Altered Spontaneous Brain Activity in Type 2 Diabetes: A Resting-State Functional MRI Study
- Ying Cui1,
- Yun Jiao1,
- Yu-Chen Chen1,
- Kun Wang2,
- Bo Gao3,
- Song Wen1,
- Shenghong Ju1 and
- Gao-Jun Teng1⇑
- 1Jiangsu Key Laboratory of Molecular and Functional Imaging, Department of Radiology, Zhongda Hospital, Medical School of Southeast University, Nanjing, China
- 2Medical School of Southeast University, Nanjing, China
- 3Department of Radiology, Yuhuangding Hospital, Yantai, China
- Corresponding author: Gao-Jun Teng, .
Previous research has shown that type 2 diabetes mellitus (T2DM) is associated with an increased risk of cognitive impairment. Patients with impaired cognition often show decreased spontaneous brain activity on resting-state functional magnetic resonance imaging (rs-fMRI). This study used rs-fMRI to investigate changes in spontaneous brain activity among patients with T2DM and to determine the relationship of these changes with cognitive impairment. T2DM patients (n = 29) and age-, sex-, and education-matched healthy control subjects (n = 27) were included in this study. Amplitude of low-frequency fluctuation (ALFF) and regional homogeneity (ReHo) values were calculated to represent spontaneous brain activity. Brain volume and cognition were also evaluated among these participants. Compared with healthy control subjects, patients with T2DM had significantly decreased ALFF and ReHo values in the occipital lobe and postcentral gyrus. Patients performed worse on several cognitive tests; this impaired cognitive performance was correlated with decreased activity in the cuneus and lingual gyrus in the occipital lobe. Brain volume did not differ between the two groups. The abnormalities of spontaneous brain activity reflected by ALFF and ReHo measurements in the absence of structural changes in T2DM patients may provide insights into the neurological pathophysiology underlying diabetes-associated cognitive decline.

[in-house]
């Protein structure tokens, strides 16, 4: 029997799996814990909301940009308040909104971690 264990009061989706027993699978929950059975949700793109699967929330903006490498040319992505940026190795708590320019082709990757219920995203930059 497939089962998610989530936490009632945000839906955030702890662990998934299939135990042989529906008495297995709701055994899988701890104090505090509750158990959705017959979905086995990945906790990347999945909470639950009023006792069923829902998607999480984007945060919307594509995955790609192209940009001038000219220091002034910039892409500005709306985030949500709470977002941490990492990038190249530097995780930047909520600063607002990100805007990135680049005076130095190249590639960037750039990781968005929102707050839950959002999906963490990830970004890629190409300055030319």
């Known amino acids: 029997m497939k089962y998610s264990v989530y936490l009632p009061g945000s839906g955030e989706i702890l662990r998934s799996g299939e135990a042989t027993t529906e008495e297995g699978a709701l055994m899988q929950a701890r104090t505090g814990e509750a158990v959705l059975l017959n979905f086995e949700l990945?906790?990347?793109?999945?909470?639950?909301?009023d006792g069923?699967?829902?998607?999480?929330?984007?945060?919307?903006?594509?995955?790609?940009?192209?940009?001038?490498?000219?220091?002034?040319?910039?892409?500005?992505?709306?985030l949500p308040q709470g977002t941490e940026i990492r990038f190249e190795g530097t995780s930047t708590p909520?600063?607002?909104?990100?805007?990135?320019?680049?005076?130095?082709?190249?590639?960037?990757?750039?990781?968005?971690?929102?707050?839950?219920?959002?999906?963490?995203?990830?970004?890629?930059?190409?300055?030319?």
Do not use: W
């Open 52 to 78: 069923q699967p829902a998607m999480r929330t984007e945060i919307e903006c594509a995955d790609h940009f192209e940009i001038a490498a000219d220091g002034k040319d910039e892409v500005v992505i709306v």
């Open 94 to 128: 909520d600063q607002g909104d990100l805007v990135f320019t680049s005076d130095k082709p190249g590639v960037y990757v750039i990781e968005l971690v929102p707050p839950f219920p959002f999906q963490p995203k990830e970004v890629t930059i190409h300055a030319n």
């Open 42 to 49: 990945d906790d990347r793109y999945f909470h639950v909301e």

This article contains Supplementary Data online at http://diabetes.diabetesjournals.org/lookup/suppl/doi:10.2337/db13-0519/-/DC1.
See accompanying commentary, p. 396.
- Received April 2, 2013.
- Accepted September 18, 2013.
- © 2014 by the American Diabetes Association.
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